The Whistler Conference Centre is also packed full of fascinating art to check out while you wait for the show to start. There’s even a DJ to serenade as you browse.

art_at_conference dj_booth drawing gosko state_of_the_art

But… I don’t ski. Will I still enjoy it?

Yes! Definitely. A lot of the events don’t even revolve around skiing or snowboarding, and the ones that do are interesting whether or not you ski. Plus, there’s plenty to do in Whistler without even heading up to the mountain.

If you feel like chilling out, you could head to the Scandinave Spa to enjoy some traditional Nordic TLC. The idea is that you spend 15 minutes in the heat – a hot tub, steam room or sauna – and then spend a – ahem – refreshing 30 seconds in a freezing cold pool! You then relax for 15 minutes in the solarium to allow your temperature to return to normal. It’s thought that the quick changes in temperature are beneficial for the body, and after the first cool dip I promise it stops taking your breath away! It’s a bit of a Whistler institution, and just the thing for tired muscles.

Alternatively, soak up some culture at the Audain Art Museum (they’ve got some great local art, which chronicles the history of British Columbia) and learn about the indigenous peoples of the region at the nearby Squamish Lil’wat Cultural Centre.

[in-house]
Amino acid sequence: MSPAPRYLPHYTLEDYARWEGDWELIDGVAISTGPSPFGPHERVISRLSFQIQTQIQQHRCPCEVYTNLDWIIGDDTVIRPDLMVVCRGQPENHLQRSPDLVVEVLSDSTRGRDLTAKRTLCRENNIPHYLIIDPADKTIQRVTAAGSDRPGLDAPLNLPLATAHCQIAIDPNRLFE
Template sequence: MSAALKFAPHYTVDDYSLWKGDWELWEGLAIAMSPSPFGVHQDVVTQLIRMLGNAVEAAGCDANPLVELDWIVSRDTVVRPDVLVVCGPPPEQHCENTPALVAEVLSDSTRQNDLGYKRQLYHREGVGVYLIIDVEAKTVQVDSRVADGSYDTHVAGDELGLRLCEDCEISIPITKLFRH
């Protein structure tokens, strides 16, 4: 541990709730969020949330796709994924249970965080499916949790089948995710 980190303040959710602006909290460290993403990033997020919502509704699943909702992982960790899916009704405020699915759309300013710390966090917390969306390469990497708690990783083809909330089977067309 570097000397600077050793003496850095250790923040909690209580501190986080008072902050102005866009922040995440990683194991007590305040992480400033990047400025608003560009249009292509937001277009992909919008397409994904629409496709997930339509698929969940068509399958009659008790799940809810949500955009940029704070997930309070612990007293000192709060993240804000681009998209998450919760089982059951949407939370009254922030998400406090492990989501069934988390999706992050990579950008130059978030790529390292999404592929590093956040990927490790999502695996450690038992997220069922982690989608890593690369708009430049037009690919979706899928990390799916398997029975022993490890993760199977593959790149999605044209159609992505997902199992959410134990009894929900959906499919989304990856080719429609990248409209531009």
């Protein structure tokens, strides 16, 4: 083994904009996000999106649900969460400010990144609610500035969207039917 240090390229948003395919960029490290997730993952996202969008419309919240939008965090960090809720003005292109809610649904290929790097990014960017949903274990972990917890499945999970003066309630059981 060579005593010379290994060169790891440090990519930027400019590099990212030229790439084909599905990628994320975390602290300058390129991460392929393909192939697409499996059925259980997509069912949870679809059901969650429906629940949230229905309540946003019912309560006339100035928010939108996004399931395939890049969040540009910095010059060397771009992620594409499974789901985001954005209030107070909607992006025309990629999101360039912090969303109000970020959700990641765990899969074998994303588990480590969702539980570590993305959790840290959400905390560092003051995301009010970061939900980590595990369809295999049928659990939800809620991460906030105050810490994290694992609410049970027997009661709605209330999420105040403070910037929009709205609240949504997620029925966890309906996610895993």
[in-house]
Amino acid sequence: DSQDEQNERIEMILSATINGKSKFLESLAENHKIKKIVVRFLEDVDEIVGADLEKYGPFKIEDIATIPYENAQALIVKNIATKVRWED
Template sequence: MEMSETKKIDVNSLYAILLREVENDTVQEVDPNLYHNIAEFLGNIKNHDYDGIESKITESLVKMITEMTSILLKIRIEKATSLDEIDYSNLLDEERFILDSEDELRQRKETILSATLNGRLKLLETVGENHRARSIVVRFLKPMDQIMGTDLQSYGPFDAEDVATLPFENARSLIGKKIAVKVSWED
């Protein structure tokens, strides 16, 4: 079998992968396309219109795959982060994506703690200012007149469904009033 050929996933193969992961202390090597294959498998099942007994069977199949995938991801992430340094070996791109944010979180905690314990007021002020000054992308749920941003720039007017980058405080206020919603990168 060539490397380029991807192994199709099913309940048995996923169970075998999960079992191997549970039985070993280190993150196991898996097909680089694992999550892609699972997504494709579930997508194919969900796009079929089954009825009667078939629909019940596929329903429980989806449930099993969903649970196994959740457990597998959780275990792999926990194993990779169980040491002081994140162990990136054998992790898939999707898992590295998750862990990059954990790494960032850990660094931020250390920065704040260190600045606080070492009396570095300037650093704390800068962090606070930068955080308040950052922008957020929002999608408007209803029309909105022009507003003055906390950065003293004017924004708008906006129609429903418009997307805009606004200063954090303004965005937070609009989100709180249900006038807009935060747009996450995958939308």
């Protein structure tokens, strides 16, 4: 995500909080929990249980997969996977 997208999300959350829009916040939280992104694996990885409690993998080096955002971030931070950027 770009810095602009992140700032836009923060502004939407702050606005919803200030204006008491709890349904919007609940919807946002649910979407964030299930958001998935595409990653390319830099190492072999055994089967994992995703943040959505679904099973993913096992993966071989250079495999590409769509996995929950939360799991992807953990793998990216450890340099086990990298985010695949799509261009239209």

Ok then. Give me the logistics

Where is it? Whistler, on Canada’s west coast.

town_centre travel_hack

How much does it cost? The festival itself is free to attend, as are many of the events. The paid for events range from $15 – $35 Canadian dollars (about £7.50 to £17.50).

When can I book? You’re best to book your Whistler ski holiday soon as there’s loads of deals floating around right now. The festival opens early next year.

Where should I stay? Lodging Ovations at Creekside (quieter, luxurious accommodation away from the main drag), The Crystal (more budget-friendly option right in the centre of town), or The Fairmont (all out luxury, with an amazing spa).

As for me, I’m sad that WSSF is over for another year. I already miss the infectious energy of Whistler. I’m consoling myself by planning next year’s festival!  Have you ever been? What did you think? 

[column size=one_half position=first ]Your Ultimate Guide to the World Ski and Snowboard Festival (WSSF)[/column]